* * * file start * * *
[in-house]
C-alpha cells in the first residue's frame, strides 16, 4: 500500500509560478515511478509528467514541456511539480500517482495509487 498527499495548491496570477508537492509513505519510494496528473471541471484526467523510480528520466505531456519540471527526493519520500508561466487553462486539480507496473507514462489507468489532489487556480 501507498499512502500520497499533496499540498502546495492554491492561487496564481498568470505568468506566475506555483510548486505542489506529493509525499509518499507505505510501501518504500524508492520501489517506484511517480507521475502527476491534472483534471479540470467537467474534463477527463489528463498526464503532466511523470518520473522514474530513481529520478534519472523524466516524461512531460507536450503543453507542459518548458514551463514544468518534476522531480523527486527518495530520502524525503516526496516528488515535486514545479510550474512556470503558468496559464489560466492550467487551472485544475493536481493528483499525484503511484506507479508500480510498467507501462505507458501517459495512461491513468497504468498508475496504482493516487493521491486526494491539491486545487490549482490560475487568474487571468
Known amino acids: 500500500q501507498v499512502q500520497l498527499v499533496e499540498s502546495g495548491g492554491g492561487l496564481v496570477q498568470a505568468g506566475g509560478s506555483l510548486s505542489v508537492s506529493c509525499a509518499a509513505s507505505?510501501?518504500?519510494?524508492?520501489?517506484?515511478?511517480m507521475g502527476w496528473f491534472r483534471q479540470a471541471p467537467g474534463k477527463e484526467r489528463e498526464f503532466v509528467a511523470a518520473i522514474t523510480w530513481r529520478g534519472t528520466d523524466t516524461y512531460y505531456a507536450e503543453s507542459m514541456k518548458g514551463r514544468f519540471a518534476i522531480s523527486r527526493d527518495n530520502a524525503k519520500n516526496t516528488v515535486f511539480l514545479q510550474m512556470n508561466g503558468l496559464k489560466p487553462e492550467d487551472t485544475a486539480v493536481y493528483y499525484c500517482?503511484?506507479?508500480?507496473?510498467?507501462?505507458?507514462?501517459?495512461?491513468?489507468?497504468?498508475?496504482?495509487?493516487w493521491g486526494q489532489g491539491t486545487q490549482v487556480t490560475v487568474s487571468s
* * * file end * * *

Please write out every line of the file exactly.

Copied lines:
[in-house]
C-alpha cells in the first residue's frame, strides 16, 4: 500500500509560478515511478509528467514541456511539480500517482495509487 498527499495548491496570477508537492509513505519510494496528473471541471484526467523510480528520466505531456519540471527526493519520500508561466487553462486539480507496473507514462489507468489532489487556480 501507498499512502500520497499533496499540498502546495492554491492561487496564481498568470505568468506566475506555483510548486505542489506529493509525499509518499507505505510501501518504500524508492520501489517506484511517480507521475502527476491534472483534471479540470467537467474534463477527463489528463498526464503532466511523470518520473522514474530513481529520478534519472523524466516524461512531460507536450503543453507542459518548458514551463514544468518534476522531480523527486527518495530520502524525503516526496516528488515535486514545479510550474512556470503558468496559464489560466492550467487551472485544475493536481493528483499525484503511484506507479508500480510498467507501462505507458501517459495512461491513468497504468498508475496504482493516487493521491486526494491539491486545487490549482490560475487568474487571468
Known amino acids: 500500500q501507498v499512502q500520497l498527499v499533496e499540498s502546495g495548491g492554491g492561487l496564481v496570477q498568470a505568468g506566475g509560478s506555483l510548486s505542489v508537492s506529493c509525499a509518499a509513505s507505505?510501501?518504500?519510494?524508492?520501489?517506484?515511478?511517480m507521475g502527476w496528473f491534472r483534471q479540470a471541471p467537467g474534463k477527463e484526467r489528463e498526464f503532466v509528467a511523470a518520473i522514474t523510480w530513481r529520478g534519472t528520466d523524466t516524461y512531460y505531456a507536450e503543453s507542459m514541456k518548458g514551463r514544468f519540471a518534476i522531480s523527486r527526493d527518495n530520502a524525503k519520500n516526496t516528488v515535486f511539480l514545479q510550474m512556470n508561466g503558468l496559464k489560466p487553462e492550467d487551472t485544475a486539480v493536481y493528483y499525484c500517482?503511484?506507479?508500480?507496473?510498467?507501462?505507458?507514462?501517459?495512461?491513468?489507468?497504468?498508475?496504482?495509487?493516487w493521491g486526494q489532489g491539491t486545487q490549482v487556480t490560475v487568474s487571468s